Scotsman Letters: Isn’t it time we stopped having firework displays?
I have lasting memories of the terror of one of our dogs, who was so distressed by the sudden onslaught of loud bangs and whizzes all around our house that he tried to crawl under the nearest person’s jumper to hide from the danger. He was shaking uncontrollably. We tried to mask the noise by putting the radio on and turning up the volume, but he didn’t settle until the last firework had been lit.
How many animals, including domestic pets, wild creatures, and farm animals, are traumatised every November 5 so that we humans can revert to our ancient past, when fire was used to scare off predators as well as providing warmth and light? Imagine how we would react if, without warning, a cacophony of bangs and whizzes suddenly erupted as we settled down to sleep.
Fireworks are a danger to our physical health too. They are filled with air pollutants, which we breathe in. It’s well-known that air quality after firework displays worsens and can be dangerous for anyone with serious health problems. The pollutants can remain in the air for hours afterwards.
There’s no denying the visual beauty by which some spectacular firework displays can entertain us, but is an hour of pleasure worth the toxic atmospheric pollutants which are released across the globe whenever these displays take place?
The Scottish Government has issued guidance for local authorities who are organising firework displays. The rationale for this guidance is to ensure that the safety of humans, livestock and wildlife should always take precedence over a form of entertainment which could be dangerous if the rules were ignored.
Carolyn Taylor, Broughty Ferry, Dundee
I refer to the letter to The Scotsman from Marjorie Ellis Thompson (Letters, November 4). She seems unable to recognise that we are living in an increasingly dangerous and unstable world, with major wars in Europe and the Middle East, using increasingly hi-tech munitions that the proven talking-shop that is the United Nations is unable to stop.
In such circumstances it is entirely unclear how an independent Scotland, comprised of a population of less than six million, would protect and enhance the lives of its citizens from current and future events of aggression and where, exactly, the cash would come from to provide both the lifestyles and infrastructure that she champions.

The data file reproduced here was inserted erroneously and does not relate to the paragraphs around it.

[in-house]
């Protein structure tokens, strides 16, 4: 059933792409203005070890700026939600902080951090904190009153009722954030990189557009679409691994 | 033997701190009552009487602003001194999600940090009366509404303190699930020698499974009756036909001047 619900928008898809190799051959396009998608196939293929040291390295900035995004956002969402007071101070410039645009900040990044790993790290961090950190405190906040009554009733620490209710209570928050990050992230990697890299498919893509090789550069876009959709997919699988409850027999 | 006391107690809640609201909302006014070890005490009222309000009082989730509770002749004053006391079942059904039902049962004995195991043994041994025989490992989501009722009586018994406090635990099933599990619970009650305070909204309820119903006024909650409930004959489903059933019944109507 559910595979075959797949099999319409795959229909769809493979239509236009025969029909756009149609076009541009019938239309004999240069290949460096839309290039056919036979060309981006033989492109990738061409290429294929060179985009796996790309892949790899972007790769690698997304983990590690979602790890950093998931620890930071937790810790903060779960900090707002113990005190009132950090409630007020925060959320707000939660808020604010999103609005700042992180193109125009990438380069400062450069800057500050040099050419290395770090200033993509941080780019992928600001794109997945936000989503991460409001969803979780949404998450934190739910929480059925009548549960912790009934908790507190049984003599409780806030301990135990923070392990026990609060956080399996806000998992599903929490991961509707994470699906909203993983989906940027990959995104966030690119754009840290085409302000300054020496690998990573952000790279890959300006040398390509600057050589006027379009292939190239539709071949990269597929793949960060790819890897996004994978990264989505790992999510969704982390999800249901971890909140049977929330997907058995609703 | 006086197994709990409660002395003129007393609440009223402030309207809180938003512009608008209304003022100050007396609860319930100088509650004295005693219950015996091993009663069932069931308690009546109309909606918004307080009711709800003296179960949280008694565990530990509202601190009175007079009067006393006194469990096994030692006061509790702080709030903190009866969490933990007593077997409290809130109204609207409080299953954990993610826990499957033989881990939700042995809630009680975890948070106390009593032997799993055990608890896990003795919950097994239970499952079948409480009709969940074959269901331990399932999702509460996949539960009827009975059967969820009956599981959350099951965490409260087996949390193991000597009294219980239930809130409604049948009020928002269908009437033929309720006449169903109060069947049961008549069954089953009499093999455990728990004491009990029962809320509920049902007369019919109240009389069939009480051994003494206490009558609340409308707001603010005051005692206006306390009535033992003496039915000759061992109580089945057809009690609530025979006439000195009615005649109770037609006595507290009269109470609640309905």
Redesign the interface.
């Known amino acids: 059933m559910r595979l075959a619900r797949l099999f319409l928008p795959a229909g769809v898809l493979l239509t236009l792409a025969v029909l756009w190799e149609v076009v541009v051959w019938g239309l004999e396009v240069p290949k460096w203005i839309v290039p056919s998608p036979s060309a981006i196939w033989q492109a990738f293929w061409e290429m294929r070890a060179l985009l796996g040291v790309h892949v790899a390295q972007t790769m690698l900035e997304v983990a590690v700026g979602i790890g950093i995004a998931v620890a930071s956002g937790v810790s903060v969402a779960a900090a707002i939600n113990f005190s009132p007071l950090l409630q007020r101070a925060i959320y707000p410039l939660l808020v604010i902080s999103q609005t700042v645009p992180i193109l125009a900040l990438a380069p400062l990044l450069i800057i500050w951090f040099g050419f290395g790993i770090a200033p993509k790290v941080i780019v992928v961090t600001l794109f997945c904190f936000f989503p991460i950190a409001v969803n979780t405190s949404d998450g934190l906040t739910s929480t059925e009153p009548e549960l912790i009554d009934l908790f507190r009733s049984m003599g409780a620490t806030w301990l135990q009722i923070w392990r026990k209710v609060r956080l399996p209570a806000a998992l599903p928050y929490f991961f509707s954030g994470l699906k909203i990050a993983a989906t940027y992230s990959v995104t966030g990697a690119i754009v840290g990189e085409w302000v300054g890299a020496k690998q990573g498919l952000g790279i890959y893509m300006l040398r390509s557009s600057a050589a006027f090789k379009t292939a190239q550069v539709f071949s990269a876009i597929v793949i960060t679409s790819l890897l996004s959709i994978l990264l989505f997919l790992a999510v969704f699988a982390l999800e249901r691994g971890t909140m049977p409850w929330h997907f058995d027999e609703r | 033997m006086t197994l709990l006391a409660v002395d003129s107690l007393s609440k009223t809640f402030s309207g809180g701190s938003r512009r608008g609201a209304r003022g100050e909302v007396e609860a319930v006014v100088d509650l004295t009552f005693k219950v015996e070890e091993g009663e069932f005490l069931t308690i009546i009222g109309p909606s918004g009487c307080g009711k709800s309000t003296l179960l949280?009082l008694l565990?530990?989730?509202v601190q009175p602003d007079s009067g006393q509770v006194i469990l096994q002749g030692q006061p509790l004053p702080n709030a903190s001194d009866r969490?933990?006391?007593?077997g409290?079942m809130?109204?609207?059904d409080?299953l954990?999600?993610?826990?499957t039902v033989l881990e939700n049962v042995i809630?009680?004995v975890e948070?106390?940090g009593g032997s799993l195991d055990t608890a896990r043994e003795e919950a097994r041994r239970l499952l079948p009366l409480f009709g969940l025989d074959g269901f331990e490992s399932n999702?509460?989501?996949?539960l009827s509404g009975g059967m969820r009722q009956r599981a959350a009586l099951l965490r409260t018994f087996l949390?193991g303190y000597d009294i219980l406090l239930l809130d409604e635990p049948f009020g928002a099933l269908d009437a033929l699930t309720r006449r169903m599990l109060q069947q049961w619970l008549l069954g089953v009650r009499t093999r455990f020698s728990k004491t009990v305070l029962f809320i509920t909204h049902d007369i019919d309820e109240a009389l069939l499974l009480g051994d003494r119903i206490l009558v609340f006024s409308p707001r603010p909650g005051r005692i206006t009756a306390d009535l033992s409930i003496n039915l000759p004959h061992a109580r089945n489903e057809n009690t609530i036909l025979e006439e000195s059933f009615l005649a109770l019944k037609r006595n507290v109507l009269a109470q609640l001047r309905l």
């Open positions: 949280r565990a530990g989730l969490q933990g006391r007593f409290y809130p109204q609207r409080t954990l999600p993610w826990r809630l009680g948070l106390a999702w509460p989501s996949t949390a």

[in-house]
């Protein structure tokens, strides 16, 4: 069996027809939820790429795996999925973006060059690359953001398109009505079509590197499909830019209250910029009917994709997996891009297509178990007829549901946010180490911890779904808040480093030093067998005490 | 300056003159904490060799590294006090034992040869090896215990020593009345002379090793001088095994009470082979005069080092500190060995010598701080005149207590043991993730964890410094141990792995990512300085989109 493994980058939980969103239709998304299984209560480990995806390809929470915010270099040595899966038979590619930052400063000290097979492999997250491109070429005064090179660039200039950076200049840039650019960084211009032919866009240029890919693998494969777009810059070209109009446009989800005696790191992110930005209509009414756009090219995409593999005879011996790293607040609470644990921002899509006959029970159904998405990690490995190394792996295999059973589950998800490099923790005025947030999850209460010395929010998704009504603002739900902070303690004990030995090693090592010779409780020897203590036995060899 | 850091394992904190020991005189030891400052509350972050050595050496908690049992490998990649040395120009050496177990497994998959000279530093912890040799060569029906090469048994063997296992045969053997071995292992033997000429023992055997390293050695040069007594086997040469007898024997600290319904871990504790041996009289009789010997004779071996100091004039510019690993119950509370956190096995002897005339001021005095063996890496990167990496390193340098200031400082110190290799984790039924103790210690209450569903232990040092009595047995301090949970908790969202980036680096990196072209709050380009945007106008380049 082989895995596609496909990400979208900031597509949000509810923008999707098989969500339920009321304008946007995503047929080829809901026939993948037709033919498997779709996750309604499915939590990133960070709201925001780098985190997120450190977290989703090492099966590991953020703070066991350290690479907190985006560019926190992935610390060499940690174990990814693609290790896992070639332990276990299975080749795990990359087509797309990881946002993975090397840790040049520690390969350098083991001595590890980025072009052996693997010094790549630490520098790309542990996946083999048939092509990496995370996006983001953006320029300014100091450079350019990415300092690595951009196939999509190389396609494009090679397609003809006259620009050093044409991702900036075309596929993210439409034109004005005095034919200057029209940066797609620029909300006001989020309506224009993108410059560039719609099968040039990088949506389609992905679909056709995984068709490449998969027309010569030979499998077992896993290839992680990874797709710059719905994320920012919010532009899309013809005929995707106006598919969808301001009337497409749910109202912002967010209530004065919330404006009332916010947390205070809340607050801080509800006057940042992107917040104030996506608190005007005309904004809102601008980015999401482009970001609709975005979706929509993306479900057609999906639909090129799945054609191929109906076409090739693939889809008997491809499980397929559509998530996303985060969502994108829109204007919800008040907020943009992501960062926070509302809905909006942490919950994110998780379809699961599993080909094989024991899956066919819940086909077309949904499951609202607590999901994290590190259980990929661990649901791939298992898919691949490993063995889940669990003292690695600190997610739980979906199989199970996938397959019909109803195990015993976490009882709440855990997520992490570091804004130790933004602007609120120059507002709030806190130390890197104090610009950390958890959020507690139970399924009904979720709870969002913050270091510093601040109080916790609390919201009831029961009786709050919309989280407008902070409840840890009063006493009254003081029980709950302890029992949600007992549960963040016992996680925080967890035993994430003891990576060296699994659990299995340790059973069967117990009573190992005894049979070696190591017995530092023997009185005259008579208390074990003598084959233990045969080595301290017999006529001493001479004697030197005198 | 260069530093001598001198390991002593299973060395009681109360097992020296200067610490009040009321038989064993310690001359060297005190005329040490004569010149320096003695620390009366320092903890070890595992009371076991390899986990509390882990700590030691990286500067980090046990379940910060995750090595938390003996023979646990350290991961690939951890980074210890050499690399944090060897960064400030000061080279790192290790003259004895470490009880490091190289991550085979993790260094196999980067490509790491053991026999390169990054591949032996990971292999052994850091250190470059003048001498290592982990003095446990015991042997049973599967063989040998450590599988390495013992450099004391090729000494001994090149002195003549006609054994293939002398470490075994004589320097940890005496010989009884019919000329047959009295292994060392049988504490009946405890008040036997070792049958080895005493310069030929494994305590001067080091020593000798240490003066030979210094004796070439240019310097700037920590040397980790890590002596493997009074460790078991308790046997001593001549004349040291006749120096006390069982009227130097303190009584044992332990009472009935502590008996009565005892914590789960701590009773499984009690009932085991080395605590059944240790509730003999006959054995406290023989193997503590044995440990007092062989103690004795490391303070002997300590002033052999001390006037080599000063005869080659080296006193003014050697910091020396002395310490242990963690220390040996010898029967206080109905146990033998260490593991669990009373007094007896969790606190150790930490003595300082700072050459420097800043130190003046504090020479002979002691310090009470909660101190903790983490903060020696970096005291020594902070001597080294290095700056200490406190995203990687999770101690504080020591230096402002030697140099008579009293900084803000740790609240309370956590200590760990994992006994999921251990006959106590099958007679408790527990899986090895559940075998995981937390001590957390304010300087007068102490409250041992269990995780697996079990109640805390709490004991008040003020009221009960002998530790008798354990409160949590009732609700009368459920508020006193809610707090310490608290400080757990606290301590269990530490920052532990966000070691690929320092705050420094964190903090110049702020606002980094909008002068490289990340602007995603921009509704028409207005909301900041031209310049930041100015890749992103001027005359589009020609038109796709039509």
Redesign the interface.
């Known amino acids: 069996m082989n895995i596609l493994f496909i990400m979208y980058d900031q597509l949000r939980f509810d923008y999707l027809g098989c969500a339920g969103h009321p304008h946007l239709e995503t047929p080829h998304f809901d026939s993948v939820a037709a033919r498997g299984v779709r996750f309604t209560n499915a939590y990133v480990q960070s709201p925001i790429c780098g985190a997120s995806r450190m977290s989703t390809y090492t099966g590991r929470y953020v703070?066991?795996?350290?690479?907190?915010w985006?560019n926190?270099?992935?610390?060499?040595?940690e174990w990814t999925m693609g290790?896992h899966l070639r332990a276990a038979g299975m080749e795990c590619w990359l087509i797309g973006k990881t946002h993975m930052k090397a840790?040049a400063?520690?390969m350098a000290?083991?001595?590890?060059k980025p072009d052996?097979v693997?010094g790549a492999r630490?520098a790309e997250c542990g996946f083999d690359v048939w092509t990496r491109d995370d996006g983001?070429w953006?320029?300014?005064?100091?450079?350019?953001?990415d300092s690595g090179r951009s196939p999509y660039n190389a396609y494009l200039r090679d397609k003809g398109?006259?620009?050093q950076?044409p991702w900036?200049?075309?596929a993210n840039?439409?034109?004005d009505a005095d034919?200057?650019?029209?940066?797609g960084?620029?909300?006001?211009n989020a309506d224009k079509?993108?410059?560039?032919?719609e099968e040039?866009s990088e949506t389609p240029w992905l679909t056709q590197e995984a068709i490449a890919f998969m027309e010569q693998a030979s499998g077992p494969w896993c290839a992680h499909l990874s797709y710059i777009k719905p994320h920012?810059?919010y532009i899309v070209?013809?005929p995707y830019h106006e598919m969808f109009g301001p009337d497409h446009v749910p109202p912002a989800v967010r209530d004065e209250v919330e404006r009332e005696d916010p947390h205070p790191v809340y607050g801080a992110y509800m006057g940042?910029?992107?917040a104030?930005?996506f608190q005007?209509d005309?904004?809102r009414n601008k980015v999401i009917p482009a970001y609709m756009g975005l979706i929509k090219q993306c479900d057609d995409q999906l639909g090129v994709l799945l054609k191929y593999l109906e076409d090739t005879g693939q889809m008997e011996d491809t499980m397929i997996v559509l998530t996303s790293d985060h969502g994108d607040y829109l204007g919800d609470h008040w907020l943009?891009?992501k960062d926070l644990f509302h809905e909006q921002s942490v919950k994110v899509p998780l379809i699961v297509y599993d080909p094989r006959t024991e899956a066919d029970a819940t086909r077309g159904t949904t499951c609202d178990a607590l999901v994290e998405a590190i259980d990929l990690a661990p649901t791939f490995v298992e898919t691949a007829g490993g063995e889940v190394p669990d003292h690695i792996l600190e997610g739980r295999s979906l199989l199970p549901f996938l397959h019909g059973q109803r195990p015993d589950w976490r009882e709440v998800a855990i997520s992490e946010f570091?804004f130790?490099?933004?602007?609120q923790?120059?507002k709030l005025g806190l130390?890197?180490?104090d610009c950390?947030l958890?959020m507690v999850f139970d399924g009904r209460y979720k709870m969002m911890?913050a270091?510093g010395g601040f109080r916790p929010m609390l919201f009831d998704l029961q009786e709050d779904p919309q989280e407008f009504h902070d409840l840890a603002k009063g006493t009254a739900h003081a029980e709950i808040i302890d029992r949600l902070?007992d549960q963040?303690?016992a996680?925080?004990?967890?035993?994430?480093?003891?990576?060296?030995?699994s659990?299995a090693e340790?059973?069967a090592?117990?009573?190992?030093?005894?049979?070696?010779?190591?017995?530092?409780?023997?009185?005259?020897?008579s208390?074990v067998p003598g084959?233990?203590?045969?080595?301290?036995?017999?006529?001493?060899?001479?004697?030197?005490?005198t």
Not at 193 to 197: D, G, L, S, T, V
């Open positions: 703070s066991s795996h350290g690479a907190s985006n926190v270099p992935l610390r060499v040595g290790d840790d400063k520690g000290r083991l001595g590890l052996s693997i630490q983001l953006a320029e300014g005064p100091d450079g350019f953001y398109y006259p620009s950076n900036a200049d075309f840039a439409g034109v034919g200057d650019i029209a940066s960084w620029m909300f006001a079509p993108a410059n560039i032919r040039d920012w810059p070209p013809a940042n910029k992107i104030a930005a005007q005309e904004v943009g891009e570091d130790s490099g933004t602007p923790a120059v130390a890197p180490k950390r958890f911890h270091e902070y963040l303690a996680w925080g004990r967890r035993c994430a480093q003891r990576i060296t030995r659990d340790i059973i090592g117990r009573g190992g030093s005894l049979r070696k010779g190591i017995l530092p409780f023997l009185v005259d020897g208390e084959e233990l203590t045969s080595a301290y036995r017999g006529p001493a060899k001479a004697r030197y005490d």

According to her view of life, there are only upsides to independence, and no downsides. I wish it were so but, unfortunately, reality decrees otherwise.
I for one, will never be supporting the break-up of the United Kingdom while the increasing instability of world affairs continues without the necessary leadership and control from the United Nations that has failed miserably for the last 30-plus years to properly discharge its responsibilities for world peace and harmony.
Derek Farmer, Anstruther, Fife
While Alex Cole Hamilton (“‘Tax on internet giants should be trebled to boost mental health services’ say Lib Dems”, November 4), makes a good point about the profits that internet giants make from social media, he is missing one important factor affecting the mental health of internet users: the sometimes pernicious influence of algorithms.
Algorithms are constructed to direct a child or an adult to one and only one source of information which, over time, can damage a person or a child's outlook on life. Indeed, in many cases, fill them with such despair that they take their own lives.
Wouldn't it be better if algorithms were obliged to direct interment users to a wide spectrum of opinion which might, hopefully, make them more discerning about what they are reading? No doubt internet giants are well rewarded financially by "social influencers" to control algorithms and peddle extremist and sometimes nihilistic views but we, as a society, must stop this happening.
Yes, internet giants should be taxed more but they should also be obliged to adapt their algorithms.
Lovina Roe, Perth
It is regretfully becoming clearer by the day that the UK Covid Inquiry is getting nowhere near investigating the real issues around whether lockdown was the right thing to do, had we prepared for such a pandemic, how the roles of those in authority worked and major issues around PPE and care homes, for example.
Instead, we have the tittle-tattle of who said what to whom and why. It rather seems that there were so many egos to massage from politicians like Messrs Johnson and Hancock to medical advisers like Whitty and Valance and special advisers like Cummings and Cain.
The inquiry chairperson, Baroness Heather Hallett, must shift the focus from WhatsApp contributions to ask the real and necessary questions that will help drive our preparedness for what undoubtedly will come again.
Richard Allison, Edinburgh
News that the Scottish Government may publish a new languages bill for St Andrew’s Day raised a smile. It’s intention is to provide support for Gaelic and Scots.
Now, I realise that there are a small number of Gaelic speakers in Scotland but, in my 70 years in Fife and Edinburgh, I have yet to meet anyone who actually speaks Scots. Of course, there are a great number of us who were brought up on the Broons and Oor Wullie, but I suspect that’s the closest we ever came to being exposed to this ‘language’.
In a similar vein, I can’t be the only person in Scotland who, when presented with a Gaelic word, simply ignores it and reads on knowing that I have no hope of either understanding it or even pronouncing it.
What a waste of time and money. Only the SNP could be behind this.
Ken Currie, Edinburgh
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